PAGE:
One of the Problems with Dating Sites

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jimmy m
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25 Sep 2019, 2:44 pm

Match Group Inc., the company behind Match.com, vowed to fight a Federal Trade Commission lawsuit claiming the dating website promoted profiles created by scammers to lure new subscribers.

The site, which allowed users to sign up for free but required them to buy a membership in order to respond to messages from other members, flagged non-subscribers with messages such as "you caught his eye" when users showed interest in their profiles -- even when it knew the users were phony and their profiles were likely to be removed shortly, the FTC claimed in a lawsuit filed in federal court in Dallas.

"Online dating services obviously shouldn't be using romance scammers as a way to fatten their bottom line," Andrew Smith, director of the commission's Bureau of Consumer Protection, said in a statement. The agency also alleges that Match failed to provide services to consumers who unsuccessfully disputed charges and made it difficult for them to cancel their subscriptions.

Match.com, however, says the agency "misrepresented internal emails and relied on cherry-picked data" to support claims in the suit, which seeks an injunction barring Match.com from similar behavior in the future, civil penalties and restitution to injured consumers.

Source: Match.com used phony profiles to lure subscribers seeking love


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The_Face_of_Boo
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25 Sep 2019, 3:45 pm

All dating apps, including Match group's apps create fake female profiles because the whole industry failed big time to acquire enough female members.

I bet the real ratio is 1 for every 20 males.



Homer_Bob
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25 Sep 2019, 5:27 pm

I usually can spot the fakes pretty easy. If they have only one picture or barely anything written, they are frauds. Another easy way to spot the real users, find the ones who are actually active such as the ones that say online now or recently active. The frauds almost never say they are online now in my experience.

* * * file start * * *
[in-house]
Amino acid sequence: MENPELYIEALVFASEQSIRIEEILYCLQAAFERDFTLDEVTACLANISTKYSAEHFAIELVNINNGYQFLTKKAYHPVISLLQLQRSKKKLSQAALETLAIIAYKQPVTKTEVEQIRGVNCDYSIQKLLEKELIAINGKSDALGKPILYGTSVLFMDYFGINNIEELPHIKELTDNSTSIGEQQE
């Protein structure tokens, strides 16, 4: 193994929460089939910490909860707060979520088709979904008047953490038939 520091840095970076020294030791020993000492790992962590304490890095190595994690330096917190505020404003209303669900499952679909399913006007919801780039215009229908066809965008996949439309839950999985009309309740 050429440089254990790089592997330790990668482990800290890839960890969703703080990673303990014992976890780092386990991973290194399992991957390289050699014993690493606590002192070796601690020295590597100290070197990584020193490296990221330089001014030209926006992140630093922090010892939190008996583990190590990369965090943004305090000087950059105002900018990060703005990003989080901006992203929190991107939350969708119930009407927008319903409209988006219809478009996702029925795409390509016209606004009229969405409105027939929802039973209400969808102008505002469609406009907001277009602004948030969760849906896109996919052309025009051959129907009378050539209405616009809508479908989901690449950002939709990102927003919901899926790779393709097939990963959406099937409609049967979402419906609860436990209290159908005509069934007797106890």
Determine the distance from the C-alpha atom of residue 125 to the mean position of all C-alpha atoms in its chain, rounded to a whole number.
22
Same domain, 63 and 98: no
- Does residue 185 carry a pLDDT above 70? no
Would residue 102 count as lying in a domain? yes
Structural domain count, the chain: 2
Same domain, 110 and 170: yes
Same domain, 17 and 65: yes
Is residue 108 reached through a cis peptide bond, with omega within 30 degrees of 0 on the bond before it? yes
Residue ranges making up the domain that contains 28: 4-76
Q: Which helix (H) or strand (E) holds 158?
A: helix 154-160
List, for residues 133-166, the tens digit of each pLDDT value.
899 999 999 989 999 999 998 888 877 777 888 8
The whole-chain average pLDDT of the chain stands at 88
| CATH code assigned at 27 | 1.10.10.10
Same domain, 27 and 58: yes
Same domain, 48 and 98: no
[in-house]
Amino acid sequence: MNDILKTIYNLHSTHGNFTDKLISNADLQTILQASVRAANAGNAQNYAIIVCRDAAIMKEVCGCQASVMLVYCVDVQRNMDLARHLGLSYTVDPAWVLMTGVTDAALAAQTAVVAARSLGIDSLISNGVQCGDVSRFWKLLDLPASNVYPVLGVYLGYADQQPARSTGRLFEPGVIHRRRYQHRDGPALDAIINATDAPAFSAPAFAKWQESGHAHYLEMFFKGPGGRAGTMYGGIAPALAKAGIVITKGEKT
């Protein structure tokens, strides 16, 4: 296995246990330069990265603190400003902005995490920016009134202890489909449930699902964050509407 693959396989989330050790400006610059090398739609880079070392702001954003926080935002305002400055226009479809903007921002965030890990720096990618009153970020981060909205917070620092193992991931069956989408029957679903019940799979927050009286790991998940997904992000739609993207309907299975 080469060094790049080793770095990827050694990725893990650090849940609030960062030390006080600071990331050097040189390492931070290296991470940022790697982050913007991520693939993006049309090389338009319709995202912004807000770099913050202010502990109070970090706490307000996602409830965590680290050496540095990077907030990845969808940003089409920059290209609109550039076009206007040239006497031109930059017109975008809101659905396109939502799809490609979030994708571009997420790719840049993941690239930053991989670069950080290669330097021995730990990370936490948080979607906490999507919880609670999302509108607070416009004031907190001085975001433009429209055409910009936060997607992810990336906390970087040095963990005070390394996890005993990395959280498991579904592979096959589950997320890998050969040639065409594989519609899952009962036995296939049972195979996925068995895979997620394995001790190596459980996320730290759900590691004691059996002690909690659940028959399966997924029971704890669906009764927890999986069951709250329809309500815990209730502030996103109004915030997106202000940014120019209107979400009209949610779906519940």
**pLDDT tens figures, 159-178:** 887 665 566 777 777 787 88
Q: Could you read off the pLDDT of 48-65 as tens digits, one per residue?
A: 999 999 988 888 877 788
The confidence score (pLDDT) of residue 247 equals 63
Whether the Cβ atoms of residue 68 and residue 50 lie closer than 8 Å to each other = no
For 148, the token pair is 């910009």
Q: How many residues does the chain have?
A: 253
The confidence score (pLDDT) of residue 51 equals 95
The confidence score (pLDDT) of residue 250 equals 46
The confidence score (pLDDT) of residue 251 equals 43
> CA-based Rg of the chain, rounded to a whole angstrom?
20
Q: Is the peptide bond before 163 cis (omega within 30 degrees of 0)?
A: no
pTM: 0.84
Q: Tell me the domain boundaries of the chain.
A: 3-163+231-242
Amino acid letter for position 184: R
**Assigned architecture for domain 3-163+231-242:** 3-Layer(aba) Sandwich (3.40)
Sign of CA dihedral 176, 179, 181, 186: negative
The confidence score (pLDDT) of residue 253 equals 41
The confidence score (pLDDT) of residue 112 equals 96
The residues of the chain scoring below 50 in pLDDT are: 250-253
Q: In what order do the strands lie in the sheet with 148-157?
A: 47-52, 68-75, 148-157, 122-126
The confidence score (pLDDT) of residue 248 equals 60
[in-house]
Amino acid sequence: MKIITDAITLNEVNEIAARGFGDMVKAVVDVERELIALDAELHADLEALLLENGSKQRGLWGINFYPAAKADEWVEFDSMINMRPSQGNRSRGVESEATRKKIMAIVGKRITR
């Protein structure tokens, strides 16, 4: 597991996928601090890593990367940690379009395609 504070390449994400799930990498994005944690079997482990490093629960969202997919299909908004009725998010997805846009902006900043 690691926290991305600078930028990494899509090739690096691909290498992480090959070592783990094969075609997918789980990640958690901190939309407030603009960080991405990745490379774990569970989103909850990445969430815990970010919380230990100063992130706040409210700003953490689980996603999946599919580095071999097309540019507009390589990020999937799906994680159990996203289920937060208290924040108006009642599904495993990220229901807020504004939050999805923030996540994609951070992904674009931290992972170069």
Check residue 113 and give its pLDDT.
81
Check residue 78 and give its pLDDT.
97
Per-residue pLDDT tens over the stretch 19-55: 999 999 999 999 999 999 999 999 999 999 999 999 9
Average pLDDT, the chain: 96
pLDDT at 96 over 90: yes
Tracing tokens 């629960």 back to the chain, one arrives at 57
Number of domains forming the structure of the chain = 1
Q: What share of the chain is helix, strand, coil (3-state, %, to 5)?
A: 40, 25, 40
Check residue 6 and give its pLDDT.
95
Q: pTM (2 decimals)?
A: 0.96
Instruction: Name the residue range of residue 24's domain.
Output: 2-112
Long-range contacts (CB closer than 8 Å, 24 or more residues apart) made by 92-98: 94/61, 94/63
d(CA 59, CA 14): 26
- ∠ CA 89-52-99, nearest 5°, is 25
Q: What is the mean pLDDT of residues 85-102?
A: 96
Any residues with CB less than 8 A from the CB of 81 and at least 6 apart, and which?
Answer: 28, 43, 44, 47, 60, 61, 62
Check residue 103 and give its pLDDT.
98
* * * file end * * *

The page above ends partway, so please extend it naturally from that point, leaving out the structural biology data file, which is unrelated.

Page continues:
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GiantHockeyFan
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26 Sep 2019, 6:25 am

There is also the problem of presenting long dead profiles as real live matches. I got many eHarmony matches that I was skeptical about and my skepticism was proven once I got a match with someone posed in front of a local Dairy Queen. The only problem? It had closed about 7 years prior!

I also agree with the 'difficult to cancel' bit. Not only did I get charged AFTER I cancelled, but they sent me a condescending email about how my "unusual" request for a refund was denied. Apparently at the time if you log in after cancelling it (but before your subscription expires) automatically renews "for your benefit".



nick007
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27 Sep 2019, 8:48 am

The_Face_of_Boo wrote:
All dating apps, including Match group's apps create fake female profiles because the whole industry failed big time to acquire enough female members.

I bet the real ratio is 1 for every 20 males.
Some dating sites charge the men to do lots of things but let the women join & do most everything for free. It's an effort to try & keep the female ratio up in a more honest way. I forget which sites do/did that but I know some of the 1s I tried supposedly did.


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27 Sep 2019, 9:50 am

nick007 wrote:
Some dating sites charge the men to do lots of things but let the women join & do most everything for free. It's an effort to try & keep the female ratio up in a more honest way. I forget which sites do/did that but I know some of the 1s I tried supposedly did.

I can confirm that three different women told me they paid a tiny fraction of what I paid to join eHarmony, one of who is my wife. I could easily verify this because I can see her credit card transaction history. In short, she paid about $10 for 3 months and my bill was over $50. The upside is there were plenty of women (I estimate 60/40 women to men) but the downside is the quality was lacking, especially for a site that supposedly promotes marriage and family.

At least they were real women: there was only one profile who I suspect was a scam (a nurse who was local but happened to be in Africa). That's another issue right there: this "woman" was exceptionally convincing and it took me years to realize for 100% certainty it was a scam profile. It's not like she messaged saying she needed $1000 for taxes to share her lottery win but rather a very well written story about how she lost her two parents by 16, how hard that was and how that inspired her into Nursing. She slowly talked about how she was from Jacksonville, Florida and moved here to be with her aunt and asked a bit about my life before asking to switch to MSN messenger. When I mentioned I would be more comfortable here she said she understood and never talked to me again. Can't say I was heartbroken.

My point is that we laugh at these fake model pictures but scammers can be far more subtle and use a "normal" girl's picture and profile to attract attention. I have no doubt if I kept talking with her she would have had an accident and needed a small amount like $50 and that would have been the start.